The EU Employment Committee has approved draft legislation to shore up rights of casual, intermittent and on-demand workers.
Meeting on Thursday, the EU Employment Committee agreed on a set of rules to cover workers in non-traditional employment contracts. The new rules will address the increasing prevalence of the “gig economy” by cementing a set of minimum employment rights for workers in on-demand, voucher-based or platform employment, working for companies such as Deliveroo, Uber and Lyft.
MEPs on the EU Employment Committee defined employment as “perform[ing] services for and under the direction of another person in return for remuneration”, thus extending the definition and its attendant rights to casual and “gig” workers.
The new rights cover:
- Transparency – employees to be informed of their essential rights and duties in writing, including the duration and basic salary of their contract, as well as opportunities for bonuses, training and paid overtime;
- Probation – no probationary period to cover more than six months, rising to nine months for managerial positions;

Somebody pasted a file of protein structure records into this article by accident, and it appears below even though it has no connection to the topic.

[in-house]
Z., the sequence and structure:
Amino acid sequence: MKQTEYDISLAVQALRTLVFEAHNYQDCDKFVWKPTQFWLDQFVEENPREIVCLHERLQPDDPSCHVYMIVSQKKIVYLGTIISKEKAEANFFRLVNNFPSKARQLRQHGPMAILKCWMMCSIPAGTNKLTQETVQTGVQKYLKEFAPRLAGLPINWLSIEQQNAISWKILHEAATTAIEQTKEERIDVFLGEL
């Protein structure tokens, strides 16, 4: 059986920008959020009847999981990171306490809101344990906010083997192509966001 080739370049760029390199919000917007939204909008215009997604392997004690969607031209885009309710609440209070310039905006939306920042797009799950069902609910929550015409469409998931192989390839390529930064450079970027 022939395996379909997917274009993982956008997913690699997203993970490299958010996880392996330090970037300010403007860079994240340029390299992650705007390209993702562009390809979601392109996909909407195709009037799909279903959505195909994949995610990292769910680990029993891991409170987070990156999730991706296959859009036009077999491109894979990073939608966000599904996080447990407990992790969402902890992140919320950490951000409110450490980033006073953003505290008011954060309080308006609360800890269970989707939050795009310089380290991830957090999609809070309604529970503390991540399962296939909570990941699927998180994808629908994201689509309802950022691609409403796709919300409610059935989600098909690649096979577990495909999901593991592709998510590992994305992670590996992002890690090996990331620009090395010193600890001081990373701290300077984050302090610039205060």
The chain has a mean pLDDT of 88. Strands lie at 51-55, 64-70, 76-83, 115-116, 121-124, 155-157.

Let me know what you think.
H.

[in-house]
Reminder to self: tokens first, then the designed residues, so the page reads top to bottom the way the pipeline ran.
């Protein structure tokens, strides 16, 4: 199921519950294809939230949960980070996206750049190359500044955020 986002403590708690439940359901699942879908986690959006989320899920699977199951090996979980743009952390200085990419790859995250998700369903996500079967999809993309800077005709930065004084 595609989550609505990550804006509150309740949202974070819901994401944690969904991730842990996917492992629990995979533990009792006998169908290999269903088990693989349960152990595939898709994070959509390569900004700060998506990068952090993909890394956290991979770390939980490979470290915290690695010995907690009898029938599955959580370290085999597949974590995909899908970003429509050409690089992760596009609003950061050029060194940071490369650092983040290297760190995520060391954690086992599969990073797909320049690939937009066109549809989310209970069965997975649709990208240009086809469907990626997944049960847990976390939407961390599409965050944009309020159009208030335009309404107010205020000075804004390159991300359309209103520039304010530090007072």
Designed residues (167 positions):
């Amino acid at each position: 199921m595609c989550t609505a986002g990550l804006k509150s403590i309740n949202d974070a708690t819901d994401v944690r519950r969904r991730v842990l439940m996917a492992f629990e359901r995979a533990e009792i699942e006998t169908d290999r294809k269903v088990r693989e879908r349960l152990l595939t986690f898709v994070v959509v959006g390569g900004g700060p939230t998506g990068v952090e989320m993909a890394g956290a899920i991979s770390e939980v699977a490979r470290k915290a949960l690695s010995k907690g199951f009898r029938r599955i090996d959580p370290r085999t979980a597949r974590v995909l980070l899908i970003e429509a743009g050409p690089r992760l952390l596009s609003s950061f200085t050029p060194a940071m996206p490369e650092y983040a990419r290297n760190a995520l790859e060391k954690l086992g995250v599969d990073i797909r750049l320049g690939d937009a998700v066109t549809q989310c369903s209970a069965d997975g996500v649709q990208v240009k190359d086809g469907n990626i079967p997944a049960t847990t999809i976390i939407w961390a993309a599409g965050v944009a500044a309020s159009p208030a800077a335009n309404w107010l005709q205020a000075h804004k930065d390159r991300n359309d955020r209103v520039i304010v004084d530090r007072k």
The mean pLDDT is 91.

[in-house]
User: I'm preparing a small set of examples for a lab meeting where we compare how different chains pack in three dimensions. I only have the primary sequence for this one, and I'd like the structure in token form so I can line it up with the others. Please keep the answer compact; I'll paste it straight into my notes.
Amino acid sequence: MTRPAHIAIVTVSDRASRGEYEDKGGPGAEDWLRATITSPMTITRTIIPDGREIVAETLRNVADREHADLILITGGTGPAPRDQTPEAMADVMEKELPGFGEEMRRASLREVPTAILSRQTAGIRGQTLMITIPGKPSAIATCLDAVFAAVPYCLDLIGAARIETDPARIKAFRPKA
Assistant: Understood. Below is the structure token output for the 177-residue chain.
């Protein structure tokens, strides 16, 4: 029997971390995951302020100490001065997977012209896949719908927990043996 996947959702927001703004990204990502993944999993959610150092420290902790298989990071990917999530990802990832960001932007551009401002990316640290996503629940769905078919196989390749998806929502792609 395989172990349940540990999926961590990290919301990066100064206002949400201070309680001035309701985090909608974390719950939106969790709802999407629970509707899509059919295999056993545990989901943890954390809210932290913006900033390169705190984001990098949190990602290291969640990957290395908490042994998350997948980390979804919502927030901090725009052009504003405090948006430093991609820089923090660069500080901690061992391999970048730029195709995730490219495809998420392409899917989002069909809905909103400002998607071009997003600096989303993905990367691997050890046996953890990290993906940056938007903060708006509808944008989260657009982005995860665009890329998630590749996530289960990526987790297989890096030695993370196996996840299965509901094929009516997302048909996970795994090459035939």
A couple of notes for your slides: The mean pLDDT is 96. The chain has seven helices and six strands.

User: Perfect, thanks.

- Training – the EU Employment Committee agreed mandatory work training should be provided by the employer, take place during work hours and the employee should be paid accordingly;
- Workers with variable schedules should be informed about guaranteed paid hours;
- Workers in on-demand employment should be given a minimum level of stability and predictability regarding the timing and duration of jobs; and
- The employer may not prohibit or hinder the employee from taking jobs with other companies.
Enrique Calvet Chambon, who heads the EU Employment Committee, said: “The time to develop minimum rules on working conditions for European citizens has arrived. These minimum rights matter to the lives of 500 million Europeans; it is a response to their expectations and will contribute to balance flexibility and security.”
Having received the endorsement of the EU Employment Committee, the text setting out the new rules will now go to the European Parliament for approval.